The concept of `governance' has become a central catchword across the social and political sciences. In Governing and Governance, Jan Kooiman revisits and develops his seminal work in the field to map and demonstrate the utility of a sociopolitical perspective to our understanding of contemporary forms of governing, governance and governability. A central underlying theme of the book is the notion of governance as a process of interaction between different societal and political actors and the growing interdependencies between the two as modern societies become ever more complex, dynamic and diverse. Drawing upon a wide range of interdisciplinary insights, the book advances a comprehensive conceptual framework that seeks to capture the different elements, modes and orders of governing and governance. A series of useful distinctions are employed, for example, between self, `co', and hierarchical modes, and between first, second, or meta orders to illustrate the many different structures and levels of modern governance today. Theoretically rich and illuminating, Governing and Governance will be essential reading for all students and academics across the social and political sciences, public management and public administration.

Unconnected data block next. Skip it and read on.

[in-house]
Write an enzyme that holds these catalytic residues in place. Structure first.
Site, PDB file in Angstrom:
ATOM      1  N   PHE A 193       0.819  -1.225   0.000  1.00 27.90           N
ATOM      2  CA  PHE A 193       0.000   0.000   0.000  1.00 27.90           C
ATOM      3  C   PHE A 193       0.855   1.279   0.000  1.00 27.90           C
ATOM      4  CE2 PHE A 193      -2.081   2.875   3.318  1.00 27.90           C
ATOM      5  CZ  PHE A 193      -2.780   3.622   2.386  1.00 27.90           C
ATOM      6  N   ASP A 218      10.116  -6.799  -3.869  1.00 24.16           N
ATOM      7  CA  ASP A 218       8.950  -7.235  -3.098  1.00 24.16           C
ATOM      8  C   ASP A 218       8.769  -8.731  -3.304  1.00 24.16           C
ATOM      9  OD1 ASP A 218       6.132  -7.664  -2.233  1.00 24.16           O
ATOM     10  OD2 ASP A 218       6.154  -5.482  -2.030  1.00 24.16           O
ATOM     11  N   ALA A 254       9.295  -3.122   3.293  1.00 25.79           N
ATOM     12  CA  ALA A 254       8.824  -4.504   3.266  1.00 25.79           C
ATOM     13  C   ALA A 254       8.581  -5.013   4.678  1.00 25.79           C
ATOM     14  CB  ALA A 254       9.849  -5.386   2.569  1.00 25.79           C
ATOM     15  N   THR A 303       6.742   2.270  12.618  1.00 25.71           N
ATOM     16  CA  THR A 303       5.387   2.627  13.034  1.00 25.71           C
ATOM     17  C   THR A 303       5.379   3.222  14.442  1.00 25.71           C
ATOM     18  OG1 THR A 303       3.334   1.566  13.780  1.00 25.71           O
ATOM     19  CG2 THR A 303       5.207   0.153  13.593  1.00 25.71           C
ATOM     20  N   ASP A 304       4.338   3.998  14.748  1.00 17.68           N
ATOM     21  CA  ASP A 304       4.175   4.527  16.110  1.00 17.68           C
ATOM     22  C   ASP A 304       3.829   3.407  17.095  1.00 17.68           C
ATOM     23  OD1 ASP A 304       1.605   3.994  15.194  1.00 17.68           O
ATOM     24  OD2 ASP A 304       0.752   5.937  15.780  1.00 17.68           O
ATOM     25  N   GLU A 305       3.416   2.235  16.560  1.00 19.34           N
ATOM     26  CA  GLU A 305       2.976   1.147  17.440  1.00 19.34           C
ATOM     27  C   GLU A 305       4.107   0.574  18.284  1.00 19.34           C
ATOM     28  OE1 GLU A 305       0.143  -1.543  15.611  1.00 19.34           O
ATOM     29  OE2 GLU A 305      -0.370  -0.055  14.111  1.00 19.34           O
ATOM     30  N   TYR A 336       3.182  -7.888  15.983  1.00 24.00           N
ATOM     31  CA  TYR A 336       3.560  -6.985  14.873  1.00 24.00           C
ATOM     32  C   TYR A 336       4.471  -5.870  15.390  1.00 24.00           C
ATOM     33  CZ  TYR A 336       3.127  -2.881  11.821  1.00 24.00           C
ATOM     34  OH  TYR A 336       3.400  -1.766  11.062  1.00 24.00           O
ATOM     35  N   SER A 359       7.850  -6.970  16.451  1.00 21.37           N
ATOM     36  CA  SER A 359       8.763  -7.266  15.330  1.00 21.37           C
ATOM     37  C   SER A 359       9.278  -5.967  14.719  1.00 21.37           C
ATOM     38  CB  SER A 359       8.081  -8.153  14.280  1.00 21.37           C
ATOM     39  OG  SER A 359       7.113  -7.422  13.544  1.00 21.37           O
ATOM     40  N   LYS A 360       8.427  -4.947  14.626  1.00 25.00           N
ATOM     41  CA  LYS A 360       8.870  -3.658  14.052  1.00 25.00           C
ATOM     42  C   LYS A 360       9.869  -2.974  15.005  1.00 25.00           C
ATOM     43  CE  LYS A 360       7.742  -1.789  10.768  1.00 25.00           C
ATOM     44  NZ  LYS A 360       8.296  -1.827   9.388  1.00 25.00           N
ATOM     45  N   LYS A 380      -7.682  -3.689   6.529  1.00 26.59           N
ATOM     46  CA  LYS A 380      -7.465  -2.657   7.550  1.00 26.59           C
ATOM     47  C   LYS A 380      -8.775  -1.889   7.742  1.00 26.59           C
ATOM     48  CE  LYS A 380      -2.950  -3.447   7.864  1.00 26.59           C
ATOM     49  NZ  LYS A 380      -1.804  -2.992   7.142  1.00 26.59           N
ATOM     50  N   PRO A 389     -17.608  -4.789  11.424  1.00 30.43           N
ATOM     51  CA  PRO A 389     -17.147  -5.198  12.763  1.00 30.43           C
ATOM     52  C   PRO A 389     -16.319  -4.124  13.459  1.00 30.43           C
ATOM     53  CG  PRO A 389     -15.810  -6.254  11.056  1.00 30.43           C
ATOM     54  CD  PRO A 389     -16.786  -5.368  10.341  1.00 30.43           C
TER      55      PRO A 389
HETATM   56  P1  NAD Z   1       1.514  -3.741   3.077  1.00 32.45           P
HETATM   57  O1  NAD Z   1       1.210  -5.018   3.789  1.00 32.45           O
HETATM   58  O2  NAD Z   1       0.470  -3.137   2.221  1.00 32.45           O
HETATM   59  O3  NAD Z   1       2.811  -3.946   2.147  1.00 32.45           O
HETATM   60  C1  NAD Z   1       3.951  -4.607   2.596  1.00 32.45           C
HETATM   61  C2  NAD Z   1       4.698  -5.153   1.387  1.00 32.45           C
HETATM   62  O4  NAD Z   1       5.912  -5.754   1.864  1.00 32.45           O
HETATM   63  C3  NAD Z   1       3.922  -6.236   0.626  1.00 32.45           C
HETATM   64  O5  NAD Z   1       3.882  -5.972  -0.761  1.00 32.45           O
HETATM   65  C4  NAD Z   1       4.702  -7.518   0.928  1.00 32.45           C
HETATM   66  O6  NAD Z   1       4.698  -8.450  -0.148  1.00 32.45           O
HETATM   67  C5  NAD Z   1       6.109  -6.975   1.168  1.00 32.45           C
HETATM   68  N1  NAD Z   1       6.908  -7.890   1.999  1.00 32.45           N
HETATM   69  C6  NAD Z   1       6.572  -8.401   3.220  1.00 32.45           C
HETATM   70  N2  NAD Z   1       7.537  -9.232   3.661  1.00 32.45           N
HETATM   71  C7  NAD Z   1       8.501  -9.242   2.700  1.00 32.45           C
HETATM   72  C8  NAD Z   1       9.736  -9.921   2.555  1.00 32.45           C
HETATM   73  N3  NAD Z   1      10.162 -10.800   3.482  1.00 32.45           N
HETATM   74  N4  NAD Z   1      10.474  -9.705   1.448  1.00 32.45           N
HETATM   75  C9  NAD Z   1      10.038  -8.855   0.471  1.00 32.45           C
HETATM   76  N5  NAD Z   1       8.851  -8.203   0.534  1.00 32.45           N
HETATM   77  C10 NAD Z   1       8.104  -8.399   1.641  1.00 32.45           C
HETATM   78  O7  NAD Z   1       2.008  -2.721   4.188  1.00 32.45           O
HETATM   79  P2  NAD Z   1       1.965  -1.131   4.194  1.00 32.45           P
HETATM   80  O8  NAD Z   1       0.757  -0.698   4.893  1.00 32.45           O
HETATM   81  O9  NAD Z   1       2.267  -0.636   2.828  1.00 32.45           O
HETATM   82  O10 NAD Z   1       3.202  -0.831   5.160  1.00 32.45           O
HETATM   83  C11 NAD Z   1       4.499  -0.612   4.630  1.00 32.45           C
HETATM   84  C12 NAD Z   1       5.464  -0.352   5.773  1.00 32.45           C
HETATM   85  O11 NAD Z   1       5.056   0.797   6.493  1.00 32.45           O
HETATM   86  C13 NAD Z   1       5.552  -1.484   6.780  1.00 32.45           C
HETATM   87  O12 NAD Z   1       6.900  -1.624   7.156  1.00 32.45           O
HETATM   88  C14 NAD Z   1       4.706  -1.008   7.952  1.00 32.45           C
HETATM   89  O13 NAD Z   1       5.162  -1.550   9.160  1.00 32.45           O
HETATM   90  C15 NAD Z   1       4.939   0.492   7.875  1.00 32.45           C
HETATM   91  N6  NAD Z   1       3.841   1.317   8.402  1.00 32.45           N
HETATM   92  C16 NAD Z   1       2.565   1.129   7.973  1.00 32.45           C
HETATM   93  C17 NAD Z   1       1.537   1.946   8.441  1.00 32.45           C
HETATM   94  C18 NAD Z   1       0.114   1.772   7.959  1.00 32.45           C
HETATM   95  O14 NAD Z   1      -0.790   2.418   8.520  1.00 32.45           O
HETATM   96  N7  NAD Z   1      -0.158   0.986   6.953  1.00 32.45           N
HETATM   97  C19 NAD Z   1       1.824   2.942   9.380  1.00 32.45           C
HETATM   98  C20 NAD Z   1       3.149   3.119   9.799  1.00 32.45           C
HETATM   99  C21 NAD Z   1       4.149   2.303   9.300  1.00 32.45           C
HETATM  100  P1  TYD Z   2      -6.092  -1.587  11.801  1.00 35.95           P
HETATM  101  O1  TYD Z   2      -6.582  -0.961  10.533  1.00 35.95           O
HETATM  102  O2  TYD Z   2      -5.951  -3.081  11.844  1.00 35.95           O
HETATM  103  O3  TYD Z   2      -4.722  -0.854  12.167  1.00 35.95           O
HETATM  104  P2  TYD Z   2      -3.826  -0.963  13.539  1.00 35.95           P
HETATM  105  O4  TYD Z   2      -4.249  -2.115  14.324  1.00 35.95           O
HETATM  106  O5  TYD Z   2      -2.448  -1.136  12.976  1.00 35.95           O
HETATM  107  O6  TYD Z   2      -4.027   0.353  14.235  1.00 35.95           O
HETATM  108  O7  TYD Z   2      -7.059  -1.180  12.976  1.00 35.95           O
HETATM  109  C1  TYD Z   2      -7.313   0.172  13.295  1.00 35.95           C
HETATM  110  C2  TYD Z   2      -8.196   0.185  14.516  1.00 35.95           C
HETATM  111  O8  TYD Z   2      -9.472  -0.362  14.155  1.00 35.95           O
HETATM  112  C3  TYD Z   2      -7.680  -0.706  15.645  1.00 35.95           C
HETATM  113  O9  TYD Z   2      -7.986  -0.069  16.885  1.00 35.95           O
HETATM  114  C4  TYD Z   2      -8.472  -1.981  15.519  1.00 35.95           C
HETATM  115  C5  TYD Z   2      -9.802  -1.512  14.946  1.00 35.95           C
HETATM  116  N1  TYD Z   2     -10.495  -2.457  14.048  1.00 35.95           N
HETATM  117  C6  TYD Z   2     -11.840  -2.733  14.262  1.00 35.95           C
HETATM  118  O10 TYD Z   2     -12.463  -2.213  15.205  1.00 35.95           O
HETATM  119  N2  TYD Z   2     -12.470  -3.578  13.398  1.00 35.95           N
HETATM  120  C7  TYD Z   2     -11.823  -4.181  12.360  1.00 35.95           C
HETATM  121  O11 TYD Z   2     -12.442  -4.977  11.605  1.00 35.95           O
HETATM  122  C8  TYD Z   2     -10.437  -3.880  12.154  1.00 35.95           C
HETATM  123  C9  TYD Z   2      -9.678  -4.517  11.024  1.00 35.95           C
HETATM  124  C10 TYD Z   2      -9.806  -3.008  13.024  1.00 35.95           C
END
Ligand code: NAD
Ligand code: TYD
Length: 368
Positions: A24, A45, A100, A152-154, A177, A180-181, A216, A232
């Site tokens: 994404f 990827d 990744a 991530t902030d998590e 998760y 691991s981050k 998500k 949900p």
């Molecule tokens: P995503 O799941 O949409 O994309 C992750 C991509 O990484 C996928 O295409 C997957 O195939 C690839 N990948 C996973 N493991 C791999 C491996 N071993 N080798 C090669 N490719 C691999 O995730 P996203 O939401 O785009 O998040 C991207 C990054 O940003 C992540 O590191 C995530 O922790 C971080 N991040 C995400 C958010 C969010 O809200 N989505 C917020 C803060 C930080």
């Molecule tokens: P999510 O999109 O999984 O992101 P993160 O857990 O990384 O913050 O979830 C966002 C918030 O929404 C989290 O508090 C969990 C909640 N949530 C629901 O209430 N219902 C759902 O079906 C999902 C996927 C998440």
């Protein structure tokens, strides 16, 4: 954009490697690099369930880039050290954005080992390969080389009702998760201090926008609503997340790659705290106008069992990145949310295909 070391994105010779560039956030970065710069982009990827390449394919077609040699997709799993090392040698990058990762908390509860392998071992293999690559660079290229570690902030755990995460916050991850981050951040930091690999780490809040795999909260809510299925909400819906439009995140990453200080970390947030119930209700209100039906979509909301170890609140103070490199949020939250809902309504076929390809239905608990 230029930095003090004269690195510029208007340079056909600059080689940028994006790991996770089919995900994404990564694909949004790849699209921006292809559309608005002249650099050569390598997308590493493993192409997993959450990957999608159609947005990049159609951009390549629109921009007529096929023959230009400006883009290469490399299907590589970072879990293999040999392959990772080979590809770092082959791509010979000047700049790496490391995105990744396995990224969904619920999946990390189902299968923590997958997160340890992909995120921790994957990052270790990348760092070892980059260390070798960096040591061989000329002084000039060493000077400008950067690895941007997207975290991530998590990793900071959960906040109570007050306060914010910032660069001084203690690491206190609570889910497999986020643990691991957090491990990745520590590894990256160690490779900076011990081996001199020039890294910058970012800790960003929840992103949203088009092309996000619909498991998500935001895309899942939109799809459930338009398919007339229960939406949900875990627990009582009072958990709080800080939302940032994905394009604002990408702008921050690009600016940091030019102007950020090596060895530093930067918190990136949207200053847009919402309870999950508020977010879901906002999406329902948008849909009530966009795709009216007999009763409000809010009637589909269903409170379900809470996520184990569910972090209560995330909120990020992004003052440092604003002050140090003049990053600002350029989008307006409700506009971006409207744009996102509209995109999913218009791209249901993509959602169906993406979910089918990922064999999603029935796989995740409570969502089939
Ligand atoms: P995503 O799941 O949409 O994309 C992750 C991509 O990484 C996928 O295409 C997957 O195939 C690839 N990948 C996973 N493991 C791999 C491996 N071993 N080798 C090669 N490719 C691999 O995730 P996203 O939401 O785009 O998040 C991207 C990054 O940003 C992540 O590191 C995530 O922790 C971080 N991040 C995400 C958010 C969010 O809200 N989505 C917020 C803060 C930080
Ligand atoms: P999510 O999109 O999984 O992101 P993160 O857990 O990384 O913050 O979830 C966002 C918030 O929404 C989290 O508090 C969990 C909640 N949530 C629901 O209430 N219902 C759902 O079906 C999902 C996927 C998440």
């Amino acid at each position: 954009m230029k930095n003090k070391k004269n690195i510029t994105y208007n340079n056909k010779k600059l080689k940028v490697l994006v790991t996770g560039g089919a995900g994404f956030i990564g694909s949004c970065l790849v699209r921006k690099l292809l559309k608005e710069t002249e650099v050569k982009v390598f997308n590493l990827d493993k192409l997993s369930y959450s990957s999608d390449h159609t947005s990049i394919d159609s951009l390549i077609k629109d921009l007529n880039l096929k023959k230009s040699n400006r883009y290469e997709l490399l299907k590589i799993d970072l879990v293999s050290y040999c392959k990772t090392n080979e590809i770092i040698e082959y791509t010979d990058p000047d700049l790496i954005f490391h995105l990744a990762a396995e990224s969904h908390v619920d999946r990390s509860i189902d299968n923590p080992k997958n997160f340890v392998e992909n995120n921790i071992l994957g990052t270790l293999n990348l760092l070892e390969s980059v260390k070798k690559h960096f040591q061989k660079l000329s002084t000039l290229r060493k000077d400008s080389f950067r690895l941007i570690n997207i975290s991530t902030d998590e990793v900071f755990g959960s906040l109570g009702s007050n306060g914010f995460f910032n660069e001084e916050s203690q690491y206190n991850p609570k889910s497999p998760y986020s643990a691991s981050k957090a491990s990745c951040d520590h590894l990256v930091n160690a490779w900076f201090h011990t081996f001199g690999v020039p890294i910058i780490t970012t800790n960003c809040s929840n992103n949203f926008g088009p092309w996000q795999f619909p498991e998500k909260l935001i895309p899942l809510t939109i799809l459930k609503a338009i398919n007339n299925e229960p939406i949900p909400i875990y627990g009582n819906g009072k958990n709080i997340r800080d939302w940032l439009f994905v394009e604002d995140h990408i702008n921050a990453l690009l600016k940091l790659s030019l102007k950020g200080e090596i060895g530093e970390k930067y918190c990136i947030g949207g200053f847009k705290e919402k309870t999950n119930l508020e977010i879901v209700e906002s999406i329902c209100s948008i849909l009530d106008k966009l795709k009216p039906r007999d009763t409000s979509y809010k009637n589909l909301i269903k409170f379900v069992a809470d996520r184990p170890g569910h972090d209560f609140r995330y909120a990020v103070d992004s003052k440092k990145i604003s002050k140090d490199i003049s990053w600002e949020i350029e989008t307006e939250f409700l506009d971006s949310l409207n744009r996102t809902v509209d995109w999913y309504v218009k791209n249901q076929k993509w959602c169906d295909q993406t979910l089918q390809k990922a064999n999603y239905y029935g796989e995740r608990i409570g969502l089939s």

Chapter 10: Institutions (Second-Order Governance)
Institutions (Second-Order Governance)
Social-political problem-solving and opportunity creation (first-order governing) are embedded in institutional settings. The care for and maintenance of these institutions I call second-order governance. In firstorder governing the emphasis is on governing as a process, whereas in second-order governing attention is focused on the structural aspects of governing interactions, controlling or enabling problem-solving or opportunity-creating practices in modern societies. Attention to second-order governing is not only a question of analytical distinction, I am inclined to think that responsibility for institutions is a governing order in itself, with its own character and taste. It would be naive to assume that problems are solved or opportunities created within ‘ideal’ institutional conditions, or that such institutions are explicitly designed for optimal first order ...